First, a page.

A gradient-boosting approach for filtering de novo mutations in parent–offspring trios

Bioinformatics, Jul 2014

Motivation: Whole-genome and -exome sequencing on parent–offspring trios is a powerful approach to identifying disease-associated genes by detecting de novo mutations in patients. Accurate detection of de novo mutations from sequencing data is a critical step in trio-based genetic studies. Existing bioinformatic approaches usually yield high error rates due to sequencing artifacts and alignment issues, which may either miss true de novo mutations or call too many false ones, making downstream validation and analysis difficult. In particular, current approaches have much worse specificity than sensitivity, and developing effective filters to discriminate genuine from spurious de novo mutations remains an unsolved challenge. Results: In this article, we curated 59 sequence features in whole genome and exome alignment context which are considered to be relevant to discriminating true de novo mutations from artifacts, and then employed a machine-learning approach to classify candidates as true or false de novo mutations. Specifically, we built a classifier, named De Novo Mutation Filter (DNMFilter), using gradient boosting as the classification algorithm. We built the training set using experimentally validated true and false de novo mutations as well as collected false de novo mutations from an in-house large-scale exome-sequencing project. We evaluated DNMFilter’s theoretical performance and investigated relative importance of different sequence features on the classification accuracy. Finally, we applied DNMFilter on our in-house whole exome trios and one CEU trio from the 1000 Genomes Project and found that DNMFilter could be coupled with commonly used de novo mutation detection approaches as an effective filtering approach to significantly reduce false discovery rate without sacrificing sensitivity. Availability: The software DNMFilter implemented using a combination of Java and R is freely available from the website at http://humangenome.duke.edu/software. Contact: ydwang{at}hit.edu.cn

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A gradient-boosting approach for filtering de novo mutations in parent–offspring trios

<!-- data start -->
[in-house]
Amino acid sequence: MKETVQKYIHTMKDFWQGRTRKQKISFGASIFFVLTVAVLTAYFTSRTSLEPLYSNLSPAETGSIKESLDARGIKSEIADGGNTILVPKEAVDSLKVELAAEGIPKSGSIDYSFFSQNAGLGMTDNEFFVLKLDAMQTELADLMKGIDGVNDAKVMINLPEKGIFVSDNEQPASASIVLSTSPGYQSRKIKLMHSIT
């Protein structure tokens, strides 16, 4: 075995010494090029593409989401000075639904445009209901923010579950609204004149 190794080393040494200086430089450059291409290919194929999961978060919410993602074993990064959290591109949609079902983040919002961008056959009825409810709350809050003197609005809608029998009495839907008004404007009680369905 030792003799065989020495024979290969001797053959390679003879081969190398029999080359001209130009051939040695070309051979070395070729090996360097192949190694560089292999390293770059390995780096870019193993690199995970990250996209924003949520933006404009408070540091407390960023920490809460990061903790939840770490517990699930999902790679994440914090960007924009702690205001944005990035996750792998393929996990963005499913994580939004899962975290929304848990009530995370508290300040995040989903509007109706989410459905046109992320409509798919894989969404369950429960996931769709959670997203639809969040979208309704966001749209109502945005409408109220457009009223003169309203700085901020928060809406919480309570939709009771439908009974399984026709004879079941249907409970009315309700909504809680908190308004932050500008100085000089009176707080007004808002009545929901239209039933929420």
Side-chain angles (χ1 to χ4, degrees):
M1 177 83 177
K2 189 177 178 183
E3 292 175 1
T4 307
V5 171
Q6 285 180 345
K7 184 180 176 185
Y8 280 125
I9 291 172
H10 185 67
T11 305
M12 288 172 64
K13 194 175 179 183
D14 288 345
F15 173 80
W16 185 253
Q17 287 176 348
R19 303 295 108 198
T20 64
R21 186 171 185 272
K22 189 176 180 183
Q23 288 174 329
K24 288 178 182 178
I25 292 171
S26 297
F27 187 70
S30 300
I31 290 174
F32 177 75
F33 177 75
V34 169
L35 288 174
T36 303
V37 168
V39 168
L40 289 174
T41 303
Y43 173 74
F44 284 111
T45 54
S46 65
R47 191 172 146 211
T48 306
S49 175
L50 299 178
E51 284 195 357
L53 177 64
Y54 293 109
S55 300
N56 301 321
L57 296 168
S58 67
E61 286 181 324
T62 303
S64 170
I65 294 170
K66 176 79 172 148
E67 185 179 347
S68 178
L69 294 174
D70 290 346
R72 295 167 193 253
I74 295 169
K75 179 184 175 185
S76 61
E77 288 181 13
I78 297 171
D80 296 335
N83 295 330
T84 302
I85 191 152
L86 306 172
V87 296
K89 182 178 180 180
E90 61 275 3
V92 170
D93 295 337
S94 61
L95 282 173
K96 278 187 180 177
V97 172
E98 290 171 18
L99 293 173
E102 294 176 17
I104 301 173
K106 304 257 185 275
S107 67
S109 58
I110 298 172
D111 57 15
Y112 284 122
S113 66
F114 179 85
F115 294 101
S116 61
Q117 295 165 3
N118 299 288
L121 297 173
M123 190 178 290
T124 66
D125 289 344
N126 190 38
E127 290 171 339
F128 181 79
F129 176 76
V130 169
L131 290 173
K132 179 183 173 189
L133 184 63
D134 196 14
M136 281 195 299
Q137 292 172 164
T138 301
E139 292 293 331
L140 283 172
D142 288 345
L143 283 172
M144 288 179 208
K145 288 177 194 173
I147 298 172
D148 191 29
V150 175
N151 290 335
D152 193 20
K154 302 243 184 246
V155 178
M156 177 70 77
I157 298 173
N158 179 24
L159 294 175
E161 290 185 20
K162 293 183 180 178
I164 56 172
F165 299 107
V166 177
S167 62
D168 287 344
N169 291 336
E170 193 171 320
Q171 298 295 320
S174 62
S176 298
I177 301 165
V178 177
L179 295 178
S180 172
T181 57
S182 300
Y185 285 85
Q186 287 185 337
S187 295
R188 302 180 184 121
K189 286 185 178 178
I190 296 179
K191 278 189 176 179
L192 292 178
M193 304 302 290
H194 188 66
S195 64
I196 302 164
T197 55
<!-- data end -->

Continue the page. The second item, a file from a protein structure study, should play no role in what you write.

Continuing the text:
Advance Access publication March A gradient-boosting approach for filtering de novo mutations in parent-offspring trios Yongzhuang Liu 1 2 3 Bingshan Li 0 2 Renjie Tan 1 2 3 Xiaolin Zhu 1 2 Yadong Wang 2 3 Associate Editor: Dr Michael Brudno 0 Center for Human Genetics Research, Department of Molecular Physiology and Biophysics, Vanderbilt University , Nashville, TN 37235 , USA 1 Center for Human Genome Variation, Duke University , Durham, NC 27708 2 The Author 2014. Published by Oxford University Press. All rights reserved. For Permissions , please 3 School of Computer Science and Technology, Harbin Institute of Technology , Harbin 150001 , China Motivation: Whole-genome and -exome sequencing on parent-offspring trios is a powerful approach to identifying disease-associated genes by detecting de novo mutations in patients. Accurate detection of de novo mutations from sequencing data is a critical step in triobased genetic studies. Existing bioinformatic approaches usually yield high error rates due to sequencing artifacts and alignment issues, which may either miss true de novo mutations or call too many false ones, making downstream validation and analysis difficult. In particular, current approaches have much worse specificity than sensitivity, and developing effective filters to discriminate genuine from spurious de novo mutations remains an unsolved challenge. Results: In this article, we curated 59 sequence features in whole genome and exome alignment context which are considered to be relevant to discriminating true de novo mutations from artifacts, and then employed a machine-learning approach to classify candidates as true or false de novo mutations. Specifically, we built a classifier, named De Novo Mutation Filter (DNMFilter), using gradient boosting as the classification algorithm. We built the training set using experimentally validated true and false de novo mutations as well as collected false de novo mutations from an in-house large-scale exomesequencing project. We evaluated DNMFilter's theoretical performance and investigated relative importance of different sequence features on the classification accuracy. Finally, we applied DNMFilter on our in-house whole exome trios and one CEU trio from the 1000 Genomes Project and found that DNMFilter could be coupled with commonly used de novo mutation detection approaches as an effective filtering approach to significantly reduce false discovery rate without sacrificing sensitivity. Availability: The software DNMFilter implemented using a combination of Java and R is freely available from the website at http:// humangenome.duke.edu/software. Contact: 1 INTRODUCTION De novo mutations (DNMs) represent the most extreme form of rare variants and play an important role in human diseases *To whom correspondence should be addressed. (Veltman and Brunner, 2012) . With rapid development of high-throughput-sequencing technology, large-scale wholegenome or -exome sequencing of parent–offspring trios or multiplex families is becoming a powerful approach to investigating DNMs associated with human disease. Recent sequencing studies have revealed that DNMs can affect genes with diverse biological consequences in several neuropsychiatric diseases, such as autism spectrum disorder (Michaelson et al., 2012; Neale et al., 2012; O’Roak et al., 2012; Sanders et al., 2012) , intellectual disability (de Ligt et al., 2012; Rauch et al., 2012) , schizophrenia (Girard et al., 2011; Xu et al., 2012, 2011) and epileptic encephalopathies (Epi4K Consortium & Epilepsy Phenome/Genome Project, 2013). Here, we focus on a critical step in such studies, the detection of DNMs from whole genome/exome sequencing data in parent– offspring trios. The standard approach used by most studies is to call variants in each sample of a trio independently and then identify putative DNMs by comparing offspring against parental genotypes with Mendelian inconsistency. Therefore, a false positive variant call in offspring or a false negative variant call in either parent will result in a false positive DNM call; conversely, a false negative variant call in offspring or a false positive variant call in either parent will result in a false negative DNM call. Although there have been great improvements in development of single- and multiple-sample variant-calling approaches (Nielsen et al., 2011) , a variety of factors, including sequencing artifacts and alignment issues, lead to high rates of both false positive and false negative variant calls. Although allele frequency and linkage disequilibrium (LD) have been successfully leveraged to improve variant calling accuracy (Le and Durbin, 2011) , it cannot apply to DNM calling because no such information is available for new mutations. Distinct from standard approaches, methods that jointly model parent–offspring relationships within a trio have been developed specifically for DNM calling by utilizing Mendelian inheritance information within a trio. For example, DeNovoGear (Ramu et al., 2013) calculates a posterior probability of being a true DNM call for every candidate-variant site by taking into account all three samples’ genotype likelihoods under a prior based on genome-wide DNM rate. Polymutt (Li et al., 2012) calculates maximum likelihoods of genotype configurations without and with Mendelian constraint, respectively, and then takes the ratio of the two resulting likelihoods as the cutoff. The larger the ratio, the more confident the DNM call is. Due to the use of extra information in the model, joint modeling approaches achieve much improved accuracy compared to standard approaches (Li et al., 2012; Ramu et al., 2013) . Both standard and joint modeling approaches can achieve high sensitivity. However, in terms of specificity, despite the better performance of joint modeling over standard approaches, both approaches rely on information of single sites assuming all reads having been correctly mapped, so they cannot eliminate false positive DNM calls originating from alignment mistakes. Heuristic filtering strategies and visual alignment inspection via genome browsers (Robinson et al., 2011) are usually used to filter out such false positive DNM calls. However, it is inherently difficult to select appropriate filtering parameter combinations to accommodate sensitivity and specificity simultaneously; it is also impractical to manually inspect a large number of candidates. These challenges necessitate the development of effective and automated DNM filtering algorithms. Machine learning is a powerful approach to modeling complex multidimensional data and has been successfully applied to nextgeneration sequencing (NGS) data to identify genetic variants. For example, Variant Quality Score Recalibration in Genome Analysis Toolkit (GATK) uses a semi-supervised machine-learning algorithm, Gaussian mixture model, to estimate the probability that each variant is a true polymorphism rather than a sequencer, alignment or data processing artifact, by evaluating sequence features extracted from true variants (typically HapMap 3 sites and polymorphic sites on the Omni 2.5M SNP chip array) (DePristo et al., 2011) . Supervised machine-learning algorithms, which usually train a model with known true and false positive variants, are also widely used to classify candidates as real variants versus artifacts. For example, SNPSVM (O’Fallon et al., 2013) utilizes support vector machine (SVM) to detect single nucleotide variants (SNVs); the Atlas2 Suite (Challis et al., 2012) builds a logistic regression model to call SNVs, insertions and deletions (INDELs); forestSV (Michaelson and Sebat, 2012) and SVM2 (Chiara et al., 2012) employs random forest (RF) (Breiman, 2001) and SVM to detect large structural variants (SVs). In addition, mutationSeq (Ding et al., 2012) makes use of four algorithms including RF, SVM, Bayesian additive regression tree (Chipman et al., 2010) and logistic regression to identify somatic mutations from tumornormal paired-sequencing data. Because these machine-learning approaches can incorporate multidimensional sequence features into a model, they usually yield better results than approaches that are based on single or very few sequence features. Since DNMs are extremely rare, oftentimes real mutations are buried in a mass of false calls. In this article, we develop a supervised machine-learning-based approach, namely DNMFilter, to effectively sift out false DNM calls from a large number of putative candidates. We choose gradient boosting as the classification algorithm for DNMFilter based on recent reports showing that it can achieve better performance than other supervised machine-learning algorithms in many conditions (Hastie et al., 2009) and our own preliminary comparative analysis (data not shown). DNMFilter is designed to train a model based on experimentally validated and collected DNMs and then classify each novel candidate as a true or false DNM probabilistically. In the following sections, we describe DNMFilter, a gradient boosting approach for classifying and filtering DNM candidates identified from any computational or manual approaches. We investigate multidimensional sequence features in whole genome and exome alignment context that have been shown to be relevant to DNM calls. Then we illustrate how to employ gradient boosting to design DNMFilter based on these features. We evaluate DNMFilter’s theoretical performance and evaluate the contribution of different sequence features. Finally, we apply DNMFilter on in-house whole-exome trios and one wholegenome CEU trio from the 1000 Genomes Project (1000GP) to investigate its general performance in practice. 2 METHODS The basic assumption of our approach is that all true DNMs share similar sequence features in whole genome and exome alignment context, and so do non-DNMs. We formalize DNM filtering as a binary classification problem and use gradient boosting as the classification algorithm. For classification, all true DNMs are deemed positive examples, while non-DNMs including inherited variants and wild-types (no variants found in any of three samples in a trio) are deemed negative examples. Here, we demonstrate how to filter de novo SNVs, but our approach can be easily extended to filtering de novo INDELs as well as de novo SVs. 2.1 Dataset For the development and assessment of our proposed approach, we use two real sequencing datasets in this article. The first dataset is Illumina Hiseq whole-genome-sequencing data of one CEU trio (father NA12891, mother NA12892 and the female offspring NA12878) from the 1000GP, which was sequenced to430X coverage and preprocessed at the Broad Institute. The alignment (.bam) files were downloaded from ftp://ftp.1000genomes.ebi.ac.uk/vol1/ftp/technical/working/20120117_ceu_trio_b37_decoy/. The DNMs of this trio were previously called and subjected to experimental validation (Conrad et al., 2011) , including 49 germline DNMs, 952 cell line somatic DNMs, 129 inherited variants and 1304 false positive DNMs in autosomes and X chromosome. The second dataset is from the published large-scale exome-sequencing project investigating DNMs in epileptic encephalopathies (Epi4K Consortium & Epilepsy Phenome/Genome Project, 2013) . The DNA of a total of 264 trios was derived from either primary cells or lymphoblastoid cell lines (LCLs). All samples were captured using Illumina’s TruSeq Exome Enrichment Kit. Raw sequencing reads were produced at Center for Human Genome Variation’s Genomic Analysis Facility (Duke University). The alignment (.bam) files were generated as the following steps: all reads were aligned to 1000 Genomes Phase II reference genome using Burrows–Wheeler Alignment (Li and Durbin, 2009) ; PCR duplicates were removed using Picard (http://picard.sourceforge.net); recalibration of base quality scores and local realignment around INDELs were performed using GATK. In this dataset, 329 putative DNMs (309 de novo SNVs and 20 de novo INDELs) were confirmed by Sanger sequencing. 2.2 Model Boosting is a powerful technique for combining multiple weak base classifiers to produce a form of committee whose performance can be significantly better than that of any of the base classifiers. Given a training set of (x1, y1), (x2, y2), . . . , (xn, yn), boosting aims to find n approximation f^ðxÞ to a function f ðxÞ that minimizes the expected value of some specified loss function L(y, f(x)), as follows Boosting iteratively fits an additive expansion of the form f ¼ arg min Ey, xLðy, fðxÞÞ f M fðx; PÞ ¼ X m¼1 mhðx; mÞ Where m is the expansion coefficient, hðx; mÞ is the base classifier parameterized by m: Gradient boosting is one kind of boosting algorithms that applies steepest descent to minimize the loss function on the training data. At iteration step m, the gradient is calculated by Then fm, f ¼ ffðx1Þ, fðx2Þ, . . . , fðxnÞgT is updated as follows Gradient boosting machine (Friedman, 2001) makes use of decision trees as the base classifiers and implements the above generic gradientboosting algorithm. In addition, stochastic gradient boosting (Friedman, 2002) incorporates the idea of bagging to gradient-boosting machine, which can improve the performance by fitting every base classifier with bootstrapped samples of the whole dataset at each iteration step. In this article, we use gradient-boosting machine as well as stochastic gradient boosting implemented in the R gbm package (http://cran.r-project.org/web/packages/gbm/index.html). As to the parameter settings, Bernoulli distribution is chosen as the loss function, shrinkage is set to 0.001, tree construction depth is set to 1 and bag fraction is set to 0.5. Moreover, 10-fold cross-validation is used for tuning the number of iterations. The remaining parameters are all with gbm package’s default settings. In addition, a score between 0 and 1 will be produced for each prediction, representing the probability of the classification as the true DNM. In this article, we selected 59 sequence features which we believe are able to discriminate DNMs from non-DNMs. The description is shown in Table 1. All sequence features are directly extracted from three individuals’ BAM files in a trio. The selected features can be generally divided into three categories: pileup features, alignment features and cross sample features. The pileup features include allele balance, mean base quality and read depth, which are usually employed by other DNM detection and heuristic filtering approaches. To characterize the DNMs which may be mistakenly detected by the effect of alignment mistakes, we incorporate alignment features into the model, including mean mapping quality, strand direction, strand bias, mean number of nearby mismatches, mean number of nearby INDELs, fraction of soft clipped reads and fraction of MQ0 (mapping quality is equal to 0) reads. Alignment errors usually show position-dependence and appear with greater frequency at some positions than others (Meacham et al., 2011) . Based on this character, Fisher exact test can be used to test reference and alternative allele counts of two samples at the same position, which can avoid the interference of sequencing errors. If the resulting P-value is significant, then the genotypes of these two samples are different. VarScan 2 (Koboldt et al., 2012) applies the similar idea to ascertain somatic mutations in tumor-normal paired-sequencing data. For true DNMs, the genotypes of the parents should be different from that of offspring at the same position, so we borrow this idea to generate two cross sample features. The most common strategy for building a training set is to directly use experimentally validated DNMs, including true positive DNMs and false positive ones. However, this strategy is usually limited by the relatively small number of validated DNMs. In this article, we use in-house sequenced whole-exome trios to build the training set. Specifically, we use the experimentally confirmed true DNMs as positives and the candidates failing validation as negatives. Since we have fewer negative candidates, we expand the negative class by including further candidates using the following criteria: (i) run commonly used DNM-detection approaches on trios to obtain a candidate list; (ii) exclude all confirmed true positive DNMs from the candidates; (iii) bootstrap samples from the results of step 2 and regard them as negative examples. This strategy for choosing false positive DNMs Each feature in this table will be calculated for father, mother and offspring except Paired Samples Test. Description The fraction of alt alleles over ref þ alt alleles (one value) The mean base quality of alt/ref alleles (two values) The number of reads in a position (one value) The mean mapping quality of reads with alt/ref alleles (two values) If the strands of reads with alt/ref alleles are all in one direction, then the value is 0, otherwise the value is 1 (two values) The Phred-scaled P-value of Fisher exact test for forward and reverse strand, alt alleles versus ref alleles The mean distance from current position to 30-end on reads with alt/ref alleles (two values) The fraction of MQ0 reads (mapping quality is 0) over reads with alt/ref alleles (two values) The fraction of soft clipped reads over reads with alt/ref alleles (two values) The mean number of nearby mismatches on reads with alt/ref alleles (two values) The mean number of INDELs on reads with alt/ref alleles (two values) The Phred-scaled P-value of Fisher exact test for father/mother and offspring, alt alleles versus ref alleles (two values) D o w n l o a d e d f r o m h t t p : / / b i o i n f o r m a t i c s . o x f o r d j o u r n a l s . o r g / b y g u e s t o n J u n e 1 4 , 2 0 1 6 works because the commonly used DNM detection approaches can generate hundreds of candidate DNM calls and majority of the candidates are false based on the mutation rate. Using this procedure we believe that such an augmented negative set not only contains preponderant false positive DNMs but also serves as a more representative sample of false positives that are likely to be generated by most popular DNM callers. With this strategy, our trained model has the power to filter out a wide range of false positives and can obtain an unbiased prediction of candidate DNM calls. 2.5 DNMFilter: DNMs filter We develop DNMFilter based on the approach described above. DNMFilter consists of two core modules: (i) that extracts sequence features of known DNMs to build the training set; (ii) that selects sequence features to train gradient-boosting model and applies the trained model to filter out false positive DNMs. DNMFilter is designed to work on any candidate DNM call set obtained from any computational or manual approaches. DNMFilter is implemented using a combination of Java and R. 3 RESULTS We build the training set using the approach described in Section 2.4 and evaluate the model’s theoretical classification performance. In addition, we evaluate different sequence features’ contribution to the model’s performance. Furthermore, we combine DNMFilter with commonly used DNM detection approaches and apply them on in-house whole-exome trios and one 1000GP CEU trio to look into its performance in the general case. 3.1 Theoretical performance evaluation According to the approach in Section 2.4, we build a training set with 185 experimentally confirmed true autosomal DNMs and 587 collected false autosomal DNMs identified in 2/3 (176) inhouse exome trios. We use principal component analysis (PCA) to project 59 dimensional sequence features to two principal components (see Fig. 1A). The result shows the selected sequence features can confidently discriminate true positive from false positive DNMs, suggesting that the training set constructed as in Section 2.4 is able to capture a broad range of false positive patterns and expected to be effective in filtering out false positive candidates. We also explore higher dimensions and find that more principal components can further facilitate separating the two classes (data not shown). With the training set built, we train the model and evaluate its performance using leave-one-out cross-validation and testing its predictive power on 2434 experimentally confirmed (true and false) DNMs of one 1000GP CEU trio. Two receiver operating characteristic (ROC) curves are shown in Figure 1B, indicating that the model is robust and can achieve high sensitivity and specificity theoretically. 3.2 Feature importance To evaluate the contribution of each selected sequence feature, we employ the feature relative importance measure approach available in R gbm package. The relative importance of all 59 features for the above training set in Section 3.1 is shown in Figure 2. Not surprisingly, three allele balance features and offspring’s mean mapping quality for both reference and alternative alleles are among the top-ranked features. In addition, paired samples test introduced in this article contribute significantly to the performance. Alignment features except mean mapping quality also have non-zero relative importance, suggesting alignment mistake is an important cause of false DNMs. 3.3 Performance on in-house whole-exome trios To investigate DNMFilter’s performance in general, we apply it on the remaining 1/3 (88) in-house exome trios. The process is as follows: we first detect DNMs using common DNM-detection approaches, including Naı¨ ve Caller, polymutt (version 0.15) and DeNovoGear (version 0.5.2), and then use DNMFilter to filter candidate DNMs obtained by each approach, respectively. Here the standard approach (also named Na ı¨ve Caller) refers to using GATK UnifiedGenotyper to call variants jointly for all individuals within a trio and then comparing genotypes to identify candidate DNMs. To make a fair comparison, we design several heuristic filtering strategies as follows: (i) only keep the call where heterozygous genotype is present in offspring and homozygous reference genotypes are present in both parents; (ii) each of three samples in a trio is covered by at least 10 reads; (iii) minimum DQ for polymut and minimum pp_dnm for DeNovoGear are both with default settings to ensure highest sensitivity, and Na ı¨ve Caller’s Phred-scaled likelihood (PL) for the genotypes AA, AB and BB, where A is the reference allele and B is the alternate allele, are set as420, 0,420 for the offspring and 0, 420,420 for both parents. There are a total of 109 autosomal DNMs in the 88 trios that were confirmed in the previous study, but 1 DNM is of low coverage (510) that does not meet the above heuristic filtering criteria, so this DNM is excluded in the following analysis. Table 2 shows that DNMFilter can significantly reduce the average number of DNM calls per trio compared with DNM-detection approaches with heuristic filtering strategies, and also maintain a high sensitivity, indicating that the vast majority of candidates removed by DNMFilter are false positives. Due to the presence of somatic mutations in cell lines, 11 LCL trios have more putative DNM calls than the 77 primary trios. To evaluate DNMFilter’s scoring performance, we check DNMFilter scores of all 108 confirmed DNM calls as well as scores of the remaining DNM calls (excluding confirmed DNM calls from results of Naı¨ ve Caller, DeNovoGear and polymutt). We rank all candidates by DNMFilter score. Figure 3A shows that DNMFilter score can clearly discriminate confirmed DNMs from the remaining DNM calls. Even at a low cutoff, DNMFilter can eliminate a large proportion of false positive DNM calls. To evaluate DNMFilter’s ranking performance, minimum genotype quality (GQ) for Na ı¨ve Caller, DQ for polymut and pp_dnm for DeNovoGear, along with DNMFilter score are used to rank all putative DNM calls, respectively. Figure 3B shows that most validated true DNMs are ranked at the top by DNMFilter, demonstrating effectiveness of the algorithm in removing false positives that are mistakenly regarded as highly confident by other callers. This suggests that DNMFilter score as well as predictions from other callers can be combined to more reliably cull out true DNMs from a large number of candidate calls for experimental validation and further analysis. 3.4 Performance on 1000GP CEU trio We also combine DNMFilter with three commonly used DNMdetection approaches as did in Section 3.3 and apply them on one 1000GP whole-genome-sequenced CEU trio that is independent of the sequencing data used for building the training set. Table 3 shows that DNMFilter significantly reduces the number of false positive DNMs, compared with other common DNM-detection approaches, while maintaining the high sensitivity of detecting true germline and somatic DNMs. It’s worth noting that although the final number of DNMs obtained by DNMFilter is greater than the number of validated germline and somatic DNMs, it is assumed that there are a number of cell line somatic or even germline DNMs missed by Conrad et al. because of the limitation of early sequencing technology and data-preprocessing pipeline as well as the originally low sequencing coverage. In addition, despite that the training set is constructed with whole-exome-sequencing data, our result suggests that it can be effectively applied to whole-genome-sequencing data as well. 4 DISCUSSION In summary, we developed DNMFilter, a novel gradient boosting-based approach for filtering DNMs identified in parent–offspring trios. We curated 59 sequence features in wholegenome and -exome alignment context and employed gradient boosting as the classification algorithm. We built the training set with confirmed true and false positive DNMs as well as collected false positive DNMs. The evaluation of theoretical performance demonstrates that DNMFilter works confidently for its designed purpose. According to feature relative importance measure, we showed that alignment error is a significant cause of false DNM calls. We also applied DNMFilter on in-house whole-exome trios and one 1000GP CEU trio, and found that DNMFilter could maintain the high sensitivity and significantly reduce false positive DNMs when coupled with commonly used DNM detection approaches. All results indicate that DNMFilter is a valuable complement for existing DNM detection approaches. By combining DNMFilter with any DNM detection approach(es) into a pipeline, users can first relax the confidence of detection step to ensure sensitivity, and then DNMFilter can be employed to filter out false positive DNM calls, which eventually leads to a reasonable size of highly confident DNM call set for experimental validation and further analysis. In particular, DNMFilter is expected to work best when it is applied to samples from the same sequencing and alignment pipeline as the ones used in the training set. In future, we will consider extending DNMFilter to other kinds of DNMs, such as INDELs and SVs. Currently, DNMFilter’s power is largely limited by the small number of known DNMs, especially for potential de novo INDEL and SV filtering. As more parent–offspring trios are sequenced in future, more DNMs within a more complete variant spectrum will be validated and incorporated into the training set. We plan to actively update DNMFilter with new whole-exome and -genome data to make it more effective and robust. We also consider incorporating additional relevant sequence features to capture a more comprehensive pattern discriminating true and false DNM calls that might not be represented by existing sequence features. We hope that DNMFilter is useful to the community as either a stand-alone tool for detecting DNMs or a filtering strategy combined with other DNM detection tools to boost both sensitivity and specificity. ACKNOWLEDGEMENTS The authors would like to acknowledge Dr David Goldstein for his helpful comments and suggestions and Dr Qinghua Jiang for his help in manuscript editing. Funding: The Epilepsy Phenome/Genome Project NIH grant U01-NS053998; Epi4K Project 1-Epileptic Encephalopathies NIH grant U01-NS077364; Epi4K-Sequencing, Biostatistics and Bioinformatics Core NIH grant U01-NS077303; Epi4KPhenotyping and Clinical Informatics Core NIH grant U01NS077276; Natural Science Foundation of China [grant numbers: 61173085, 61102149]; Governmental scholarship from China Scholarship Council (CSC) (to Y.L. and R.T.). Conflict of Interest: none declared. Breiman , L. ( 2001 ) Random forests . Mach. Learn., 45 , 5 - 32 . Challis , D. et al. ( 2012 ) An integrative variant analysis suite for whole exome nextgeneration sequencing data . BMC Bioinform ., 13 , 8 . Chiara , M. et al. ( 2012 ) SVM2: an improved paired-end-based tool for the detection of small genomic structural variations using high-throughput single-genome resequencing data . Nucleic Acids Res ., 40 , e145 . Chipman , H.A. et al. ( 2010 ) Bart: bayesian additive regression trees . Ann. Appl. 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Yongzhuang Liu, Bingshan Li, Renjie Tan, Xiaolin Zhu, Yadong Wang. A gradient-boosting approach for filtering de novo mutations in parent–offspring trios, Bioinformatics, 2014, 1830-1836, DOI: 10.1093/bioinformatics/btu141